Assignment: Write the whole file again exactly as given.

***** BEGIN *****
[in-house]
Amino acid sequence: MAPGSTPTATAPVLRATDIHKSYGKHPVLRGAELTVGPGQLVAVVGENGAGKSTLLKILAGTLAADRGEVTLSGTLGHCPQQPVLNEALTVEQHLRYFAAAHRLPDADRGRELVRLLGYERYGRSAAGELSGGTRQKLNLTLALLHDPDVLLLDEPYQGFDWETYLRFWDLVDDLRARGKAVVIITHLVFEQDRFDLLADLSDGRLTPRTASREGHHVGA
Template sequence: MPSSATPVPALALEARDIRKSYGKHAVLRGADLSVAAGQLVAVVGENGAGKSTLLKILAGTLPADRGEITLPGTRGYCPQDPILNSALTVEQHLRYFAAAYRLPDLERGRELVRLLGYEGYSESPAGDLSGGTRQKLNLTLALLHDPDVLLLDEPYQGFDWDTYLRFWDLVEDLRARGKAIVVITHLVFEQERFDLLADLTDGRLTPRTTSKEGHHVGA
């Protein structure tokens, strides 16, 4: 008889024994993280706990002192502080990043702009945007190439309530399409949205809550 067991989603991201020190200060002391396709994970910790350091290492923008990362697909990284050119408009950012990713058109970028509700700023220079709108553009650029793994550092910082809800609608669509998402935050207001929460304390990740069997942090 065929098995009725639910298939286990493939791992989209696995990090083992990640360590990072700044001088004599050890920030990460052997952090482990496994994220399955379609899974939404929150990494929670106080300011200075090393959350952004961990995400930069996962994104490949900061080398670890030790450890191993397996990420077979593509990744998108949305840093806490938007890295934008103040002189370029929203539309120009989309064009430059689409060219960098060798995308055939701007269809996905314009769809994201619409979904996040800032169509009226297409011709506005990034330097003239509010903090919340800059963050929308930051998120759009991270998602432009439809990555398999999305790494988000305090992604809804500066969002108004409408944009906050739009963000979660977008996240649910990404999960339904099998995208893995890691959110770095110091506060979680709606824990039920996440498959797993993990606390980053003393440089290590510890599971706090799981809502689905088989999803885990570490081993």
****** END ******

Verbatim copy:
[in-house]
Amino acid sequence: MAPGSTPTATAPVLRATDIHKSYGKHPVLRGAELTVGPGQLVAVVGENGAGKSTLLKILAGTLAADRGEVTLSGTLGHCPQQPVLNEALTVEQHLRYFAAAHRLPDADRGRELVRLLGYERYGRSAAGELSGGTRQKLNLTLALLHDPDVLLLDEPYQGFDWETYLRFWDLVDDLRARGKAVVIITHLVFEQDRFDLLADLSDGRLTPRTASREGHHVGA
Template sequence: MPSSATPVPALALEARDIRKSYGKHAVLRGADLSVAAGQLVAVVGENGAGKSTLLKILAGTLPADRGEITLPGTRGYCPQDPILNSALTVEQHLRYFAAAYRLPDLERGRELVRLLGYEGYSESPAGDLSGGTRQKLNLTLALLHDPDVLLLDEPYQGFDWDTYLRFWDLVEDLRARGKAIVVITHLVFEQERFDLLADLTDGRLTPRTTSKEGHHVGA
């Protein structure tokens, strides 16, 4: 008889024994993280706990002192502080990043702009945007190439309530399409949205809550 067991989603991201020190200060002391396709994970910790350091290492923008990362697909990284050119408009950012990713058109970028509700700023220079709108553009650029793994550092910082809800609608669509998402935050207001929460304390990740069997942090 065929098995009725639910298939286990493939791992989209696995990090083992990640360590990072700044001088004599050890920030990460052997952090482990496994994220399955379609899974939404929150990494929670106080300011200075090393959350952004961990995400930069996962994104490949900061080398670890030790450890191993397996990420077979593509990744998108949305840093806490938007890295934008103040002189370029929203539309120009989309064009430059689409060219960098060798995308055939701007269809996905314009769809994201619409979904996040800032169509009226297409011709506005990034330097003239509010903090919340800059963050929308930051998120759009991270998602432009439809990555398999999305790494988000305090992604809804500066969002108004409408944009906050739009963000979660977008996240649910990404999960339904099998995208893995890691959110770095110091506060979680709606824990039920996440498959797993993990606390980053003393440089290590510890599971706090799981809502689905088989999803885990570490081993």